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Deep Vein Thrombosis, the most serious health risk you’ve never heard of – are YOU at Risk?

Your body contains a network of arteries and veins through which blood flows, carrying nutrients to the cells. Arteries are the vessels that carry blood from the heart to the brain, internal organs, arms and legs. Blood clots in an artery can cause a stroke or heart attack.

Veins carry blood back to the heart from the rest of your body. Clots that form in the deep veins of the legs, pelvis, or abdomen are called deep vein thrombosis (DVT). If a piece of blood clot breaks off from a leg and travels to the lung, it can cause a Pulmonary Embolism (PE). A PE is a serious medical emergency that can be fatal in some cases.

Risk Factors

DVT usually affects older people who are obese, bedridden, have heart or lung disease, or have had a major operation. Other risk factors for DVT include being overweight, smoking, taking birth control pills or hormone therapy, pregnancy and childbirth, cancer or other health issues, and a genetic predisposition to blood clots.

Young people who are otherwise healthy and fit can develop DVT, too. A major risk factor is sitting still for long stretches, such as on plane rides and road trips, or while playing video games. Travel on long haul flights, where the cramped conditions and prolonged immobility causes blood to pool in the legs, is notorious for leading to blood clots.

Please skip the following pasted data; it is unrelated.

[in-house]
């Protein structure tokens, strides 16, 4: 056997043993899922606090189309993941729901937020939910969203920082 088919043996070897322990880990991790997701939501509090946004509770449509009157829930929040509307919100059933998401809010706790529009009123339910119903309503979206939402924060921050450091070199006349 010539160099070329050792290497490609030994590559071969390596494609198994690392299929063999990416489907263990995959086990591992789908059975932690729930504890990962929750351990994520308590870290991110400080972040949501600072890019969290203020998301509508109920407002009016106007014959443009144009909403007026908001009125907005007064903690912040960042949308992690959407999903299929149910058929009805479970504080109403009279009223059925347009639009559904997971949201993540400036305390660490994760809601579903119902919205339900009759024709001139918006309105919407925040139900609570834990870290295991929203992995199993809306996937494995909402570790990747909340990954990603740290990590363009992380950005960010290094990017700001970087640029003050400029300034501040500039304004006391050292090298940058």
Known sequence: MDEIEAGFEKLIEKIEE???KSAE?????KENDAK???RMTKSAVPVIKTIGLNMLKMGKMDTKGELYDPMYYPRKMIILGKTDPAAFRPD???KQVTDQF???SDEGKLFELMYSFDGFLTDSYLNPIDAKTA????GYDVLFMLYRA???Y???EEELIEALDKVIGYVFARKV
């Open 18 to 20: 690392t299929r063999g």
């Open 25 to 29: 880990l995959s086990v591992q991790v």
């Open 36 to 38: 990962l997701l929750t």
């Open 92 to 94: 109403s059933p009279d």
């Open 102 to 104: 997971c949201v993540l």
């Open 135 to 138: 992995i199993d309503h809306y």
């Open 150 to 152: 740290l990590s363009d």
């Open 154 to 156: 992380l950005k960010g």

Travel-related DVT

Any long distance journey lasting 4 hours or more – whether by plane, car, bus or train – doubles your risk of deep vein thrombosis (DVT) and pulmonary embolism (PE). Some studies show that the risk of DVT is quadrupled with air travel, with longer flights carrying the greatest risk.

It seems to be not just inactivity or cramped space that’s a problem – other risk factors are also involved, such as reduced oxygen saturation in the cabin, dehydration, and reduced cabin pressure which causes swelling in the lower legs.

Another risk factor that is not widely recognized is that people who are extremely tall (over 6 feet) or short (less than 5 feet) are at increased risk for a travel thrombosis. If you are tall, blood has to flow further through the veins and is more likely to become sluggish. If you are short, the back of the seat will press more against the back of your legs, slowing your circulation.

How to prevent travel-related DVT

DVT and PE can be prevented in many cases, and there are things you can do on long flights to reduce your risk.